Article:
Swimming Through a Sea of Roses

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I’m back from NYC now, and one of the highlights of my trip was a visit to the New York Botanical Garden. I’d been wanting to go for a while, but it’s all the way in the Bronx and travel time has always been a deterrent. When I found out that there was a Chihuly exhibit up I decided I finally would make the trip, and though I only ended up seeing a few of his pieces the visit overall was well worth it.

After walking past the closed-early conservatory (boo!) and wandering a little aimlessly across the grounds, I was happy to find myself at Thain Family Forest, full of centuries old trees and pieces of rock reminding us of the age when this part of New York was covered in glaciers. When I came out the other side I was at the Cherry Grove, and although the time for cherries has passed it was still a very pleasant experience, with the cute little trees lining the walkway and dotting the grassy slopes. It made me wish I could go climbing into their branches, and afterward enjoy a picnic with a blanket and a basket; picturesque, like the storybook picnics described in books from my childhood.

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Then the grove ended and I came to the lilac collection, which was also unfortunately not in bloom. I did read a little about how supposedly easy they are to grow and make into hybrids. Apparently they’re one of the most popular flowers in the US, which was news to me, but I don’t know much about plants or gardening really so no surprise there.

Finally, I came to the Peggy Rockefeller Rose Garden, which was in bloom with thousands of stunning roses. Oh my goodness. The whole effect was exquisite, and there were so many different varieties, it was astounding. I took a few pictures and just kind of stood in awe of creation and the amazing God responsible for everything I was seeing. Then I made my way slowly back to the entrance of the Garden, past more beautiful flowers and greenery. Despite the disappointments about my visit, it was still wonderful and restorative, and I’m glad I made the effort to go.

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When a Subway Encounter Transforms You Into a Lactating Alien

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How often are our first impressions of people correct? Or, how closely does a person’s behaviour when we meet them match the way they truly – or normally – are? I had a baffling interaction yesterday that’s left me wondering these things.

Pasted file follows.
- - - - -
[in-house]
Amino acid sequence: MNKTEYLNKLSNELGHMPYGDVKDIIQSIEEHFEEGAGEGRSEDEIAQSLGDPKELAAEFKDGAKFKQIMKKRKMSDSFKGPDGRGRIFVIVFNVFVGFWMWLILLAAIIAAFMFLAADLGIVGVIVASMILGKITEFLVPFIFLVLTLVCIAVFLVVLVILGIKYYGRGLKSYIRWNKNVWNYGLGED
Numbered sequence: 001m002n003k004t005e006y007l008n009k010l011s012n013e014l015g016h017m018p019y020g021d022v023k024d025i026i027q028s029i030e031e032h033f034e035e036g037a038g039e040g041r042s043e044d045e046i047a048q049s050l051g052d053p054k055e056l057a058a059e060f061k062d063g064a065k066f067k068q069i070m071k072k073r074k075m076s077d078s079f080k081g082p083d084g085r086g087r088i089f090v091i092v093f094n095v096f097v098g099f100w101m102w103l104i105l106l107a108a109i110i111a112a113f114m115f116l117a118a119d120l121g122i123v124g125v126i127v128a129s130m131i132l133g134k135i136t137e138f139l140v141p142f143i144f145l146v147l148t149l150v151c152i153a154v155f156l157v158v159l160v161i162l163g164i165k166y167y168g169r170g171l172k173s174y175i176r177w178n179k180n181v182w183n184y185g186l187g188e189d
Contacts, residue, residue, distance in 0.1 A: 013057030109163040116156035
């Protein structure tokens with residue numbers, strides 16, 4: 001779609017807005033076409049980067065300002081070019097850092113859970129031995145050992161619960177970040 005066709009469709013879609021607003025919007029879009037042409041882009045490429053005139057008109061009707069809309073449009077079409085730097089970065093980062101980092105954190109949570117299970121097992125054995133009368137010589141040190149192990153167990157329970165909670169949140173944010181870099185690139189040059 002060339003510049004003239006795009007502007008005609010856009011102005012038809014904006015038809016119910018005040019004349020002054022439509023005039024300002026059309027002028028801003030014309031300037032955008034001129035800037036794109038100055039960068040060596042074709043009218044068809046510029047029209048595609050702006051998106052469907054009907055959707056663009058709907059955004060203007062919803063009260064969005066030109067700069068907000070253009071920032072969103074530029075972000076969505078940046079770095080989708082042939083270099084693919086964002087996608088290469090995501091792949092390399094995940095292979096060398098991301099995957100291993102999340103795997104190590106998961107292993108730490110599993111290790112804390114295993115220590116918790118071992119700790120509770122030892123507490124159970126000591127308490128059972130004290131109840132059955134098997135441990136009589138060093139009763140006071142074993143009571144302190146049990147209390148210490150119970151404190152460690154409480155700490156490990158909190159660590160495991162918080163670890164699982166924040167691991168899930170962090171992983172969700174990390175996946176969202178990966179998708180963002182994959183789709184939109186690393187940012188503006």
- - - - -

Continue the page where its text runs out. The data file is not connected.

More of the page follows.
I was on the subway, in between a catch-up with a professor and some thrift store shopping, sipping on a delicious golden latte. (Did you get into the golden milk craze? Turmeric was the ‘it’ spice of 2016.) The latte was so good, and I almost didn’t buy it, so I was feeling really pleased and ready to get to shopping. I was standing near the door of the car, and opposite me was a man reading the Bible. He was short, and brown, with shiny black hair that wasn’t quite brushed but not messy either. He looked like he could’ve been from the southern Caribbean. Was he a Christian too? Why was he reading? A little excited, I tried to decipher the chapter title upside down. He felt my eyes on the book, looked up, and thrust his face into my own, eyes flashing. It was a “CanIhelpyou/Getthef*outtamyface” kind of moment, and I was startled. I looked away, took a sip of my near-empty latte to help me recover, and spilled it on my blouse. Ugh.

Do you know how deeply turmeric stains? I was dismayed – this was my first time wearing this blouse! – and I wasn’t really able to treat the stain. Turmeric isn’t water soluble, but I tipped my water bottle onto a napkin anyway and blotted at my chest. Another reason to be frustrated. The latte spilled onto my right boob, so now it looked like I was lactating, except instead of milk it was some radioactive yellow alien-type fluid.

I was confused too, because ok, yes, it’s annoying for people to read over your shoulder, but come on, people check out what others are reading all the time on the subway. Moreover, this guy’s reaction was way over the top; certainly not what I would describe as Christian, so I guess that answered my first question.